# I About the premises behind the Schrödinger equations

1. Dec 25, 2017

### snoopies622

Long ago I read on these forums that one cannot derive the Schrödinger equations because they're fundamental scientific laws. But I have noticed that I can generate them by making the following physical assumptions and then doing a trivial amount of substitution and differentiation:
(1) $$\frac {\partial ^2 \psi }{\partial x^2} + k^2 \psi = 0$$
(2) $\lambda = h/p$
(3) Total energy = PE + $p^2/2m$
and (4) $E=h \nu$
where (4) is only needed for the time dependent form.

What bothers me is that (1) assumes a $\psi$ with a definite wavelength — that is — a momentum eigenfunction, and (4) was arrived at for photons, and of course the S.E.'s are used to deal with wavefunctions that are not necessarily momentum eigenfunctions and for particles that are not photons.

Thoughts?

Last edited: Dec 25, 2017
2. Dec 26, 2017

### Staff: Mentor

You derived the Schrödinger equation limited to free particles with fixed momentum. It turns out that the equation is more general than that.

3. Dec 26, 2017

### snoopies622

I did not derive it at all here, I'm saying that putting (1),(2) and (3) together it is easy to arrive at
$$\frac {\partial ^2 \phi} {\partial x ^2} + \frac {8 \pi ^2 m }{h^2}(E - PE) = 0$$
and then adding (4) we can get
$$i \hbar \frac {\partial \phi} {\partial t } = E \phi$$
and these forms are not limited to momentum eigenfunctions, nor are they for photons, yet (1) and (4) are connected to those physical premises.

In case you're wondering, I'll show you explicitly what I mean in an upcoming post.

Last edited: Dec 26, 2017
4. Dec 26, 2017

### snoopies622

$$\phi = \phi_0 e^{i(kx-\omega t)}$$
and take the derivative with respect to x twice and rearrange terms, we get (1) in the original post.
Then if we plug in $k=2 \pi / \lambda$ , $\lambda = h/p$, $KE = p^2 /2m$ and E = KE + PE, we get the time independent form I cited in entry #3 above.

$$\phi = \phi_0 e^{i(kx-\omega t)}$$
and take the time derivative once, then substitute $\omega = 2 \pi f$, f=E/h, $\hbar = h/ 2 \pi$ and rearrange terms, we get the time dependent form I cited in entry #3 above.

Thus we start with a $\psi$ with a definite wavelength and definite speed and yet end up with the general (one dimensional) Schrödinger equations.

Last edited: Dec 26, 2017
5. Mar 1, 2018

### snoopies622

Bumping an old thread from a couple months ago, hope y'all don't mind. I've given this matter more thought but still find it odd that one can produce the Schrödinger equations by making assumptions that are not entirely consistent with their general use. How did Schrödinger himself arrive at them? I have not seen his original paper.

6. Mar 1, 2018

### Staff: Mentor

Can you give a specific link to a post? This claim seems highly dubious to me since AFAIK it is perfectly possible to derive the Schrodinger equation as a non-relativistic limit of an appropriate quantum field theory, and in any case the Schrodinger equation, being non-relativistic, is obviously an approximation only.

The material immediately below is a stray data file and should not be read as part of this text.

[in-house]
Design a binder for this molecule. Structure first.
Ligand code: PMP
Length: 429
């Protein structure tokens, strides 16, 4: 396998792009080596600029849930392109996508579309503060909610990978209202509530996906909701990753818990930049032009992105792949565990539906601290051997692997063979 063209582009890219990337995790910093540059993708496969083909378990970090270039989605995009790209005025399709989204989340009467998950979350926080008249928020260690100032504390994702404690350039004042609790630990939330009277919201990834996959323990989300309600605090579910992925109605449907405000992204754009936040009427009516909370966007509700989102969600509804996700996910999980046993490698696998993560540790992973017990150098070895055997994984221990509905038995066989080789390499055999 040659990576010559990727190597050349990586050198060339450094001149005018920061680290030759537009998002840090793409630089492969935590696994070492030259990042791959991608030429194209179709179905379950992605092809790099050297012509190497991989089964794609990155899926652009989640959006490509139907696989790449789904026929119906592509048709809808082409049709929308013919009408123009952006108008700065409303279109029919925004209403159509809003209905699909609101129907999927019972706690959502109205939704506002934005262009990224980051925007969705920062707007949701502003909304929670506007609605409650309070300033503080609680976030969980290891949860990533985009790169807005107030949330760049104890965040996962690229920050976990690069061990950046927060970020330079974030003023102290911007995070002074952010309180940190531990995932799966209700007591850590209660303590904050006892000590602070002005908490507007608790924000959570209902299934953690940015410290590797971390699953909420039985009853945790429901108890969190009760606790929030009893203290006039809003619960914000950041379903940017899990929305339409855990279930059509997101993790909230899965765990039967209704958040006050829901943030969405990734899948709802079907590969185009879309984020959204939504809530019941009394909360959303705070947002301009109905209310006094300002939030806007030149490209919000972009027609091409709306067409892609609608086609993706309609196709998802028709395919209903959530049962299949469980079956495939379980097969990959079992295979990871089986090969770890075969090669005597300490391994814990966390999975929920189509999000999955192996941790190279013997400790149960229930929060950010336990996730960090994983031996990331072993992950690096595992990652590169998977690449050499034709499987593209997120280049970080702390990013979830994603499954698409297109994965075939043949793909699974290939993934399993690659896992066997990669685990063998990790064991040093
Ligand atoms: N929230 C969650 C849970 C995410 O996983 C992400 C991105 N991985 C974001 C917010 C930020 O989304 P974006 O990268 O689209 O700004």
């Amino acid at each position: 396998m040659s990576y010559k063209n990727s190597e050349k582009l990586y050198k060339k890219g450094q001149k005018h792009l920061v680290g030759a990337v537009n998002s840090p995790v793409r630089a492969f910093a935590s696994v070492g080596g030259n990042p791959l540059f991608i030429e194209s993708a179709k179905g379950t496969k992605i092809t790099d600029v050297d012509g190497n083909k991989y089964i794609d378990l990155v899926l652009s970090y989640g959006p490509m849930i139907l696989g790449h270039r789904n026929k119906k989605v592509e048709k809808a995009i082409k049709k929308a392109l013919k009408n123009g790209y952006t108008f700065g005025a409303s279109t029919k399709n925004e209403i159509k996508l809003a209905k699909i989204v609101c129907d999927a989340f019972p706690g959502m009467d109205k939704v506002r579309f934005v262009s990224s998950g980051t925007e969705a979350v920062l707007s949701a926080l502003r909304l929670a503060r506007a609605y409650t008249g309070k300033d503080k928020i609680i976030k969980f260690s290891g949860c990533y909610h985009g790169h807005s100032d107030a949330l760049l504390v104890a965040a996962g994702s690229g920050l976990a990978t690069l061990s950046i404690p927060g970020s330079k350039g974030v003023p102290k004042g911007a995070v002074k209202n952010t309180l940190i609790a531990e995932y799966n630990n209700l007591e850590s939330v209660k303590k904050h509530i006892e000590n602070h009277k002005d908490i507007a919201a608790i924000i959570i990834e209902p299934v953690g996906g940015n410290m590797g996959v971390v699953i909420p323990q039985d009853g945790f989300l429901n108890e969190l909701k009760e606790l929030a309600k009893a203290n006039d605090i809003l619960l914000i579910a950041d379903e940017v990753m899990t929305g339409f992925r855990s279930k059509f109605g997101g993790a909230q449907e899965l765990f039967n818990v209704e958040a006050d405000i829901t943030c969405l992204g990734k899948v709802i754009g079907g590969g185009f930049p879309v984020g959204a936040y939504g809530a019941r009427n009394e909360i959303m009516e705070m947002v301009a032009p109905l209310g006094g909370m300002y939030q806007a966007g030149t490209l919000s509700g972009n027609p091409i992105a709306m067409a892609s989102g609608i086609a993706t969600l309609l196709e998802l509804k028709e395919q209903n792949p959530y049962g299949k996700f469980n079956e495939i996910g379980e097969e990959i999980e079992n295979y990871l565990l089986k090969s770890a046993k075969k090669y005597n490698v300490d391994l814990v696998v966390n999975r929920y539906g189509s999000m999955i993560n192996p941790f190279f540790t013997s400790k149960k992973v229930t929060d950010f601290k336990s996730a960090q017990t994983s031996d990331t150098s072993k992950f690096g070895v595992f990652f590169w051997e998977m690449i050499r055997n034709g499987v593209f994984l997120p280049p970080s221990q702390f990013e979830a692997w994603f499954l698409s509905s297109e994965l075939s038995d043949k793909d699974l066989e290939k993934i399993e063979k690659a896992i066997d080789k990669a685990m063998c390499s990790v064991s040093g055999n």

7. Mar 1, 2018

### ZapperZ

Staff Emeritus

http://www.pnas.org/content/pnas/110/14/5374.full.pdf

Zz.

8. Mar 1, 2018

9. Mar 1, 2018

### snoopies622

Thanks all. "Inspired guess" is what I figured. The mechanics-optics connection reminds me of something I read many years ago in a book on the history of physics — that had Hamilton lived long enough, he himself would have invented quantum mechanics.

10. Mar 3, 2018

### dumpling

If you wish to derive quantum theory as Schrödinger did, there is really only two fundamental assumptions ( with the addition that you would need to derive S-equations for each class of Hamiltonian).

1) Quantum theory is not classical, that is, the Hamilton-Jacobi equation is not true. A scalar, that measures "nonclassicality" for all the spacetime, can be introduced. The quantum theory is different then all other theories, that is, the scalar has an extrema (typically a minimum). This is philosophically the same as the principle of least action.

2) The theory that guides the "wavefunction" must be linear. The wavefunction is introduced intuitively, through the action.
Linearity is a very strong limitation, and with a correct choice of Hamiltonian, you can get back the S-equation with some variational calculus.

11. Mar 3, 2018

### Staff: Mentor

Like so much of physics its real basis is symmetry - but you must read what I mentioned, then think. BTW Wigner got a Nobel for figuring it all out.

Thanks
Bill

12. Mar 3, 2018

### Staff: Mentor

For the detail see:
https://arxiv.org/pdf/1204.0653.pdf

He even made two errors that cancelled each other out: Schrodinger’s notes [49] show that he was well aware that the solution of (8.12) gives correctly the bound state energies of the hydrogen atom before introducing in the anstaz concerning the hypothetical quantity J. This artifice compensates for the physically incorrect ansatz. The constant K should actually be the pure imaginary quantity −ih in which case (8.5) becomes the correct equation (7.27). Repeating Schrodinger’s stationary algorithm starting with the correct relation S = −ih¯ ln ψ would then give the incorrect equation (8.5)! Indeed, since the H-J equation and the properties of the generating function S already follow from Hamilton’s equations which in turn are a consequence of Hamilton’s Principle the condition that the action S should be stationary for arbitrary variations of space-time path it would seem that Schrodinger is attempting here to close a door that is already shut

Thanks
Bill

Last edited: Mar 3, 2018